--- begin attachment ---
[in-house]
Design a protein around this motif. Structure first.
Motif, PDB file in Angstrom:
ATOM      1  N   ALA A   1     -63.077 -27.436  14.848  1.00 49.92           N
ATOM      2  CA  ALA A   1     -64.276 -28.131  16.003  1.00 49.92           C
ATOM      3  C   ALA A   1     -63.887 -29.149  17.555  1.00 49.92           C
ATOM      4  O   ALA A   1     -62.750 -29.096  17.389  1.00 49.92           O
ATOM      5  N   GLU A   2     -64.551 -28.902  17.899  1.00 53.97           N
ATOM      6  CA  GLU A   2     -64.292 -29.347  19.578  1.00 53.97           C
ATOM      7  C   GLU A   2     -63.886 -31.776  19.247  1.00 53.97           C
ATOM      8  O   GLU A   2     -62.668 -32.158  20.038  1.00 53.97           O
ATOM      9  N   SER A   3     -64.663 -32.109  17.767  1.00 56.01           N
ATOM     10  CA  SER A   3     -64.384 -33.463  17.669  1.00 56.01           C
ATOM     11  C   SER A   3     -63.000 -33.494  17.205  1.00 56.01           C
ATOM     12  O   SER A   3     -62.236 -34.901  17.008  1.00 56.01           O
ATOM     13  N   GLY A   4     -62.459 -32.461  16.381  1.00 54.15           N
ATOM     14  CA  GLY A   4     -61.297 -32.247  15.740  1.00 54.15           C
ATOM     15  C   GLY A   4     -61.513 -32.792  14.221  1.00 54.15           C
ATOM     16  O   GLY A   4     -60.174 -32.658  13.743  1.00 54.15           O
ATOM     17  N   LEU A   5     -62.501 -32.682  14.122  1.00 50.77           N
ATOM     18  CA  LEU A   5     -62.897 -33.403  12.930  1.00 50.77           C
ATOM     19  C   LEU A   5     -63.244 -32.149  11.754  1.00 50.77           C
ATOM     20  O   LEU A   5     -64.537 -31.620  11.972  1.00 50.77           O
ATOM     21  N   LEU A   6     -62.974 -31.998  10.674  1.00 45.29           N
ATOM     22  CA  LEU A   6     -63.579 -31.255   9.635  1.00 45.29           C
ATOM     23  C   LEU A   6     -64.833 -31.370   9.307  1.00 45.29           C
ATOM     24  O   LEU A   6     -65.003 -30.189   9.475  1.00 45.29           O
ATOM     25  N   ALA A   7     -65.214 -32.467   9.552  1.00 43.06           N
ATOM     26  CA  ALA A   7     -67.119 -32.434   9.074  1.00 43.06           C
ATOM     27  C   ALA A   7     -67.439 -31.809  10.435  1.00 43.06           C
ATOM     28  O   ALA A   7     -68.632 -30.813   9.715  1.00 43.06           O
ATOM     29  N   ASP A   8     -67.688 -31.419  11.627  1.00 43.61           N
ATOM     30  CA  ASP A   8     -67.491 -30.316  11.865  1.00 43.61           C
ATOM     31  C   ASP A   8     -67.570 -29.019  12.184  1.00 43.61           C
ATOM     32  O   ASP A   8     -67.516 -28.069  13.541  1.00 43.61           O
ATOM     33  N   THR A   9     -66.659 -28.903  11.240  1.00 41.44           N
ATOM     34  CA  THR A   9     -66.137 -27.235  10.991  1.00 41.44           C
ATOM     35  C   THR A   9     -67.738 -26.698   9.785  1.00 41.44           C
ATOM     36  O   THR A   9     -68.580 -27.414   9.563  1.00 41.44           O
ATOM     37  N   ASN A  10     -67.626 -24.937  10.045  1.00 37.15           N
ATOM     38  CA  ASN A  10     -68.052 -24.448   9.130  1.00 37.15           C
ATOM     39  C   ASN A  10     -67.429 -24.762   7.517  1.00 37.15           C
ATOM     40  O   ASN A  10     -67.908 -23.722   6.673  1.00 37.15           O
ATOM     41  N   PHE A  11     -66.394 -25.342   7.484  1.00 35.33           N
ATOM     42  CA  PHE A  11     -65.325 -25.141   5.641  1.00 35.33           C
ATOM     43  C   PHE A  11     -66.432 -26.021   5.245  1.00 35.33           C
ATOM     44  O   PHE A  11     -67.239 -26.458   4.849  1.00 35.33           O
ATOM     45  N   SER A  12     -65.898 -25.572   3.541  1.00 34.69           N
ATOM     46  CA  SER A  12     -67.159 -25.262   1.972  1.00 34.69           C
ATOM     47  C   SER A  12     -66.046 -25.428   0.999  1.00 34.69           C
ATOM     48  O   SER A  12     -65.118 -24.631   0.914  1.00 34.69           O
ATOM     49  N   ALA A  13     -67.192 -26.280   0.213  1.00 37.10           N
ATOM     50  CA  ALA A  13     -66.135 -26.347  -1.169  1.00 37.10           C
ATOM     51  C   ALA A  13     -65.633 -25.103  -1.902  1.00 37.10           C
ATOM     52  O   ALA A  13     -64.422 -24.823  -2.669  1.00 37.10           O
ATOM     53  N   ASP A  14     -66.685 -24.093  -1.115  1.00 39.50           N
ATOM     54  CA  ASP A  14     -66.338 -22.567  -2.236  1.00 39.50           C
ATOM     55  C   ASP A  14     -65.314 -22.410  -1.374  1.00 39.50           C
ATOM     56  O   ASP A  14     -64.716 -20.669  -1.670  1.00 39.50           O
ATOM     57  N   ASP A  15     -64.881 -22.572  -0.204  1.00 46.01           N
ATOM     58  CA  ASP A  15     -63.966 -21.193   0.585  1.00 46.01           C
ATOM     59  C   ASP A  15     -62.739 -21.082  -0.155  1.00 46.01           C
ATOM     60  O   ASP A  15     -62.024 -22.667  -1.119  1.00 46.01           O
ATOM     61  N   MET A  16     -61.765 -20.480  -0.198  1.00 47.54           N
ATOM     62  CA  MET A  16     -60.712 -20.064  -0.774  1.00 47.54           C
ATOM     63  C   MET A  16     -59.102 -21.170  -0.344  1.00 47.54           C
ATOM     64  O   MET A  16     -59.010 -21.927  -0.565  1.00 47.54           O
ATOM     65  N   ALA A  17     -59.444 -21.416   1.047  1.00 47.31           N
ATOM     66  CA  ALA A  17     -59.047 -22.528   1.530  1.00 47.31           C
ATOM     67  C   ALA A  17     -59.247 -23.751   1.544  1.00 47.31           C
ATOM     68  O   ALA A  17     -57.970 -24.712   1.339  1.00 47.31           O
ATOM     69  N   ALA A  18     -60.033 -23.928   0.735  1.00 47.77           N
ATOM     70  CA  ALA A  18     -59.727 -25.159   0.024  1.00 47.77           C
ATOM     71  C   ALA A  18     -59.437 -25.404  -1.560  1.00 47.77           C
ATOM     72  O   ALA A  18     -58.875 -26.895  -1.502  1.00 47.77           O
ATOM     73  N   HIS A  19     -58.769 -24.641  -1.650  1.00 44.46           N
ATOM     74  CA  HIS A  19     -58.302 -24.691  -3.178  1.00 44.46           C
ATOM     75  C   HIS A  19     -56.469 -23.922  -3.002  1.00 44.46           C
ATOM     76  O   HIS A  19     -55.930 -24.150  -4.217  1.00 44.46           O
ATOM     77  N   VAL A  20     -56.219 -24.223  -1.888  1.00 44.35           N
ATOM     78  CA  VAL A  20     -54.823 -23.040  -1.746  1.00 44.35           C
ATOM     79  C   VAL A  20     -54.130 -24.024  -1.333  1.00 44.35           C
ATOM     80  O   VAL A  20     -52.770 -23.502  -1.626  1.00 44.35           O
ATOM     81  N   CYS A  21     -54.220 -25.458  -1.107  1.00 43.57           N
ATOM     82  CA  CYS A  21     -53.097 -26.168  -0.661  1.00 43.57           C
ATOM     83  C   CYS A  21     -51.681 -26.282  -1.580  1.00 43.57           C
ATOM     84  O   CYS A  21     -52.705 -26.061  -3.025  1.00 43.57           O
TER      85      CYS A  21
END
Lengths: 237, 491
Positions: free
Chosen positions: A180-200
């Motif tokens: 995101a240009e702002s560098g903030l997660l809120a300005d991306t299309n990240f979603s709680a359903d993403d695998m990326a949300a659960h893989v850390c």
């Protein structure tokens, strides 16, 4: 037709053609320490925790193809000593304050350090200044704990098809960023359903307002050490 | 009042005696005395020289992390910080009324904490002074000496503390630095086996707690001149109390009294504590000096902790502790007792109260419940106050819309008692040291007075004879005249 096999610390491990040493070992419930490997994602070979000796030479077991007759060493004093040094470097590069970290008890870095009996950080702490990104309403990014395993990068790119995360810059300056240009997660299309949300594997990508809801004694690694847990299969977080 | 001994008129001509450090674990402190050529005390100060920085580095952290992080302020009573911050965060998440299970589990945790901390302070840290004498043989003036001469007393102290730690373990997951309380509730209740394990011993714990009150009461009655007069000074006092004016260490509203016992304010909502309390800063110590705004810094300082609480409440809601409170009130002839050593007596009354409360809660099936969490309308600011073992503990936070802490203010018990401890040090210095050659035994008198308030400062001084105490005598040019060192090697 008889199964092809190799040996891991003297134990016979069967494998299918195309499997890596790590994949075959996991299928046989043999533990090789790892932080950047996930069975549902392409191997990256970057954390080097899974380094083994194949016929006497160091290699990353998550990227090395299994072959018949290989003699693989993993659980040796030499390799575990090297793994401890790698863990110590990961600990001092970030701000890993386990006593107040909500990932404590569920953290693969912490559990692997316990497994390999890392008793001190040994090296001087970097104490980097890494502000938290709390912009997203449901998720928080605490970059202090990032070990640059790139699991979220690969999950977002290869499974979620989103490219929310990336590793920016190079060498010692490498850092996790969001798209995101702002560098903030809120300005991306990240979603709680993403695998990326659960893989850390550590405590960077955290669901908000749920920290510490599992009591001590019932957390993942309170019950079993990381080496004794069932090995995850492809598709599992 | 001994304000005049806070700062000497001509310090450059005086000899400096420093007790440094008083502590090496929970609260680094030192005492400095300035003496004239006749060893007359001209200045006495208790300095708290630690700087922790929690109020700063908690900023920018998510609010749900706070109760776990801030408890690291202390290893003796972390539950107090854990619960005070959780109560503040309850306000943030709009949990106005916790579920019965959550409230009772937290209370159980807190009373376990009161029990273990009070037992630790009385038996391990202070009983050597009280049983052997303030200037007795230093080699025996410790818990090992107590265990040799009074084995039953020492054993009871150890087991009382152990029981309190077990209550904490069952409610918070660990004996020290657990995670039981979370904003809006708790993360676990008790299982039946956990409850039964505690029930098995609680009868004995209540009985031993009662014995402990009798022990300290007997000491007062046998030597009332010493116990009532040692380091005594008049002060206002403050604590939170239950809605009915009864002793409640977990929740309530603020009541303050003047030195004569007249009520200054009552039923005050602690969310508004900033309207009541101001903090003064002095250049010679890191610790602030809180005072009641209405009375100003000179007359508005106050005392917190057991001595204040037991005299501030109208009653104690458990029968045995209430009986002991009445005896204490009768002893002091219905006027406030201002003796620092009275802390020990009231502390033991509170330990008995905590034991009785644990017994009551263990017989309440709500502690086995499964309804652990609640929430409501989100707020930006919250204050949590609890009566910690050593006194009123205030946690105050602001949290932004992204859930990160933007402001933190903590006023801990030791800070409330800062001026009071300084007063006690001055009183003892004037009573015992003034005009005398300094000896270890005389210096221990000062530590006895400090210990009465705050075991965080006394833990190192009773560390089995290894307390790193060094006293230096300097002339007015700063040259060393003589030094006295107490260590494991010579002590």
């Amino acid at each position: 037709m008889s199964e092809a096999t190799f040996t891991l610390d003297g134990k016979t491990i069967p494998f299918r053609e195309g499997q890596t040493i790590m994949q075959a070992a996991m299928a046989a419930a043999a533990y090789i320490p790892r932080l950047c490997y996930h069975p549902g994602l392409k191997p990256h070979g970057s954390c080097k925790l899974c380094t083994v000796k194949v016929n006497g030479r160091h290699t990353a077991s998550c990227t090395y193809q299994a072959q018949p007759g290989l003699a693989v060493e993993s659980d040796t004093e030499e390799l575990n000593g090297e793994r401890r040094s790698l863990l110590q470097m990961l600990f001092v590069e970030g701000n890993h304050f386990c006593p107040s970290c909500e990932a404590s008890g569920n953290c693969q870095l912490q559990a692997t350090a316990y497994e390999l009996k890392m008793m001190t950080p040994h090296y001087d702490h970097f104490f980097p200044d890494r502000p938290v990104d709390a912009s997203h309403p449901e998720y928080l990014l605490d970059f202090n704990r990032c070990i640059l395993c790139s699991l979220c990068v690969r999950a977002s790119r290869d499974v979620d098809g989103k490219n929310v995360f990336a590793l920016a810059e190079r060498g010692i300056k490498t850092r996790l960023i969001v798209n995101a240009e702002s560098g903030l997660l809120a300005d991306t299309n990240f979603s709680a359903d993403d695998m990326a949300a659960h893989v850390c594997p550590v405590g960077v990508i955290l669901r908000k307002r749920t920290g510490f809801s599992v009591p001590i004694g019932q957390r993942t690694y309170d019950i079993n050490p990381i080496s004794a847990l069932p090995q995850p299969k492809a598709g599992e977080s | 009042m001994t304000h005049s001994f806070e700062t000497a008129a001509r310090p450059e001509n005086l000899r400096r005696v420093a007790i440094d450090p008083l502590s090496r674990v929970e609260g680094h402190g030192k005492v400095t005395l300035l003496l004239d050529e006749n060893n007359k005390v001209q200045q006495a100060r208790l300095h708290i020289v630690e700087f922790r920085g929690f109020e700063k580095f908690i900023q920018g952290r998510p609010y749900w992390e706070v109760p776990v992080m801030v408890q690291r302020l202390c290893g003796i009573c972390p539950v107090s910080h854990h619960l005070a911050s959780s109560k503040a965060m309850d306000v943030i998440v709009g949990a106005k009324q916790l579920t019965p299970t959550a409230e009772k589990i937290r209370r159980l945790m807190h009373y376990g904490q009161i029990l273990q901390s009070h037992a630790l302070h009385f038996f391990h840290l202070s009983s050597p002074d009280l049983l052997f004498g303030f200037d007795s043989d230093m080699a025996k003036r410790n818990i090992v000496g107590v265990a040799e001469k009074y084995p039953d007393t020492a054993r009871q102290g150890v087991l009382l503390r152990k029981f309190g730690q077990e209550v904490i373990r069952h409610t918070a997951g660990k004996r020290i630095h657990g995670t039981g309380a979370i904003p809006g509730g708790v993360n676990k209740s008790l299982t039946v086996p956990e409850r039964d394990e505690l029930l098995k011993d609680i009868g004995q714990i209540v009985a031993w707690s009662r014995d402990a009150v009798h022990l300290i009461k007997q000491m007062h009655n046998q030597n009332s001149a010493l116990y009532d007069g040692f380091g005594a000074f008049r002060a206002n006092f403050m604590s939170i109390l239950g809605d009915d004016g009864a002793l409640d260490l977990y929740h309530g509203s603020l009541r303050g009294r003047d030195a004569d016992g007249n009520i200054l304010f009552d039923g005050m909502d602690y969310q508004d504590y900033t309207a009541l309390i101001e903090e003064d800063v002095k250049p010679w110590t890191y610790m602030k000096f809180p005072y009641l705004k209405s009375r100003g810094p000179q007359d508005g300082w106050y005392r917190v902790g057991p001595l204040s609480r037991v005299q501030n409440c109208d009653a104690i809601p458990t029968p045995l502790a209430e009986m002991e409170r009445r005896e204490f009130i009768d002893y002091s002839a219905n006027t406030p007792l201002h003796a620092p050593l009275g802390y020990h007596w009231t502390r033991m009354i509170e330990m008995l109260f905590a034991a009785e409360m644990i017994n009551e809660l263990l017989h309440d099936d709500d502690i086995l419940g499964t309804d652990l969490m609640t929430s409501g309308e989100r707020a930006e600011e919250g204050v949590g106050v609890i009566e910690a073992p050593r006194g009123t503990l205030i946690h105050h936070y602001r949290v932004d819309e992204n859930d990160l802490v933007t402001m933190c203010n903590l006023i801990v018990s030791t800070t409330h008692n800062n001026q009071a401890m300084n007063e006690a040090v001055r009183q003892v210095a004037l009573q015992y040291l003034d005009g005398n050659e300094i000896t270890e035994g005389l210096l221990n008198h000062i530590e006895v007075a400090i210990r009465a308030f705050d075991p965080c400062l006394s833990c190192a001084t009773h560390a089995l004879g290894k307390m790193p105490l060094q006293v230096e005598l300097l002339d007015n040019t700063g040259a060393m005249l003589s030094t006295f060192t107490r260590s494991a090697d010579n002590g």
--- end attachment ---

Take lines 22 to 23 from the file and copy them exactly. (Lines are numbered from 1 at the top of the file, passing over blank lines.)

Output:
ATOM     19  C   LEU A   5     -63.244 -32.149  11.754  1.00 50.77           C
ATOM     20  O   LEU A   5     -64.537 -31.620  11.972  1.00 50.77           O